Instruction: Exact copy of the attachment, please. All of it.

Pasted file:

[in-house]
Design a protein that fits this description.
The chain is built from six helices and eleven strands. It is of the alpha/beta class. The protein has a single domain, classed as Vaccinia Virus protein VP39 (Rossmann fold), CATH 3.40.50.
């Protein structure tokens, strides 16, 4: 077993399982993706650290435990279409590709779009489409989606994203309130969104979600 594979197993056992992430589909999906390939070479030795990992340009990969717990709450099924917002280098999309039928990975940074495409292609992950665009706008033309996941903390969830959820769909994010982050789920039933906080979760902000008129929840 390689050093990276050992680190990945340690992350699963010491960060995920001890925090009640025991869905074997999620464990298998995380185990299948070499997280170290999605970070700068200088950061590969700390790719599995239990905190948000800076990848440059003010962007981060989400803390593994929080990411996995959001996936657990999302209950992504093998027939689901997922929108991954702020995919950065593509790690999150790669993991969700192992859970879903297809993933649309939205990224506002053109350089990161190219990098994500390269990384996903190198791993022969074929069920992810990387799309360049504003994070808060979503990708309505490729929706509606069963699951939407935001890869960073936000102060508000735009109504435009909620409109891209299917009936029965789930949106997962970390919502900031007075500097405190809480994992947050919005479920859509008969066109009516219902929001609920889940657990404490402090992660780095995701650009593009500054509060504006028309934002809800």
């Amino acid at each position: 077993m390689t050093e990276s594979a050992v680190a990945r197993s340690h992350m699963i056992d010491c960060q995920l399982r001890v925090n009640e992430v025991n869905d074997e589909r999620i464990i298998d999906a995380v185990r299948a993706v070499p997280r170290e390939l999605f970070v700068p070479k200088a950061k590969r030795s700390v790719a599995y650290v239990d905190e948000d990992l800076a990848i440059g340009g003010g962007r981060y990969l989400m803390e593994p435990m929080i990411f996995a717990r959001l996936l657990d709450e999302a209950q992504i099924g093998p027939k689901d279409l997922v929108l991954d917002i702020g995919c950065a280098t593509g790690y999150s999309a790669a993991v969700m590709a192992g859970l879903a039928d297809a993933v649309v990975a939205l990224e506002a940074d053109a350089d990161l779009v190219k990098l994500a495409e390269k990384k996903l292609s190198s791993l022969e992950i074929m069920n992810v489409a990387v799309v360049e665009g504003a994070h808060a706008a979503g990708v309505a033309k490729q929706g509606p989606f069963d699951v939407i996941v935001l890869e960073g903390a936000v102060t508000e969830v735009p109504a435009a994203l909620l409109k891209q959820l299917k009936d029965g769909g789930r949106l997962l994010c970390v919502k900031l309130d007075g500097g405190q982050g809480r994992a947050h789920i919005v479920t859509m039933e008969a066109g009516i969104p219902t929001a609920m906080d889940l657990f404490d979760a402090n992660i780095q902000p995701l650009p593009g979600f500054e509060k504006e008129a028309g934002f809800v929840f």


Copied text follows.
[in-house]
Design a protein that fits this description.
The chain is built from six helices and eleven strands. It is of the alpha/beta class. The protein has a single domain, classed as Vaccinia Virus protein VP39 (Rossmann fold), CATH 3.40.50.
């Protein structure tokens, strides 16, 4: 077993399982993706650290435990279409590709779009489409989606994203309130969104979600 594979197993056992992430589909999906390939070479030795990992340009990969717990709450099924917002280098999309039928990975940074495409292609992950665009706008033309996941903390969830959820769909994010982050789920039933906080979760902000008129929840 390689050093990276050992680190990945340690992350699963010491960060995920001890925090009640025991869905074997999620464990298998995380185990299948070499997280170290999605970070700068200088950061590969700390790719599995239990905190948000800076990848440059003010962007981060989400803390593994929080990411996995959001996936657990999302209950992504093998027939689901997922929108991954702020995919950065593509790690999150790669993991969700192992859970879903297809993933649309939205990224506002053109350089990161190219990098994500390269990384996903190198791993022969074929069920992810990387799309360049504003994070808060979503990708309505490729929706509606069963699951939407935001890869960073936000102060508000735009109504435009909620409109891209299917009936029965789930949106997962970390919502900031007075500097405190809480994992947050919005479920859509008969066109009516219902929001609920889940657990404490402090992660780095995701650009593009500054509060504006028309934002809800």
């Amino acid at each position: 077993m390689t050093e990276s594979a050992v680190a990945r197993s340690h992350m699963i056992d010491c960060q995920l399982r001890v925090n009640e992430v025991n869905d074997e589909r999620i464990i298998d999906a995380v185990r299948a993706v070499p997280r170290e390939l999605f970070v700068p070479k200088a950061k590969r030795s700390v790719a599995y650290v239990d905190e948000d990992l800076a990848i440059g340009g003010g962007r981060y990969l989400m803390e593994p435990m929080i990411f996995a717990r959001l996936l657990d709450e999302a209950q992504i099924g093998p027939k689901d279409l997922v929108l991954d917002i702020g995919c950065a280098t593509g790690y999150s999309a790669a993991v969700m590709a192992g859970l879903a039928d297809a993933v649309v990975a939205l990224e506002a940074d053109a350089d990161l779009v190219k990098l994500a495409e390269k990384k996903l292609s190198s791993l022969e992950i074929m069920n992810v489409a990387v799309v360049e665009g504003a994070h808060a706008a979503g990708v309505a033309k490729q929706g509606p989606f069963d699951v939407i996941v935001l890869e960073g903390a936000v102060t508000e969830v735009p109504a435009a994203l909620l409109k891209q959820l299917k009936d029965g769909g789930r949106l997962l994010c970390v919502k900031l309130d007075g500097g405190q982050g809480r994992a947050h789920i919005v479920t859509m039933e008969a066109g009516i969104p219902t929001a609920m906080d889940l657990f404490d979760a402090n992660i780095q902000p995701l650009p593009g979600f500054e509060k504006e008129a028309g934002f809800v929840f």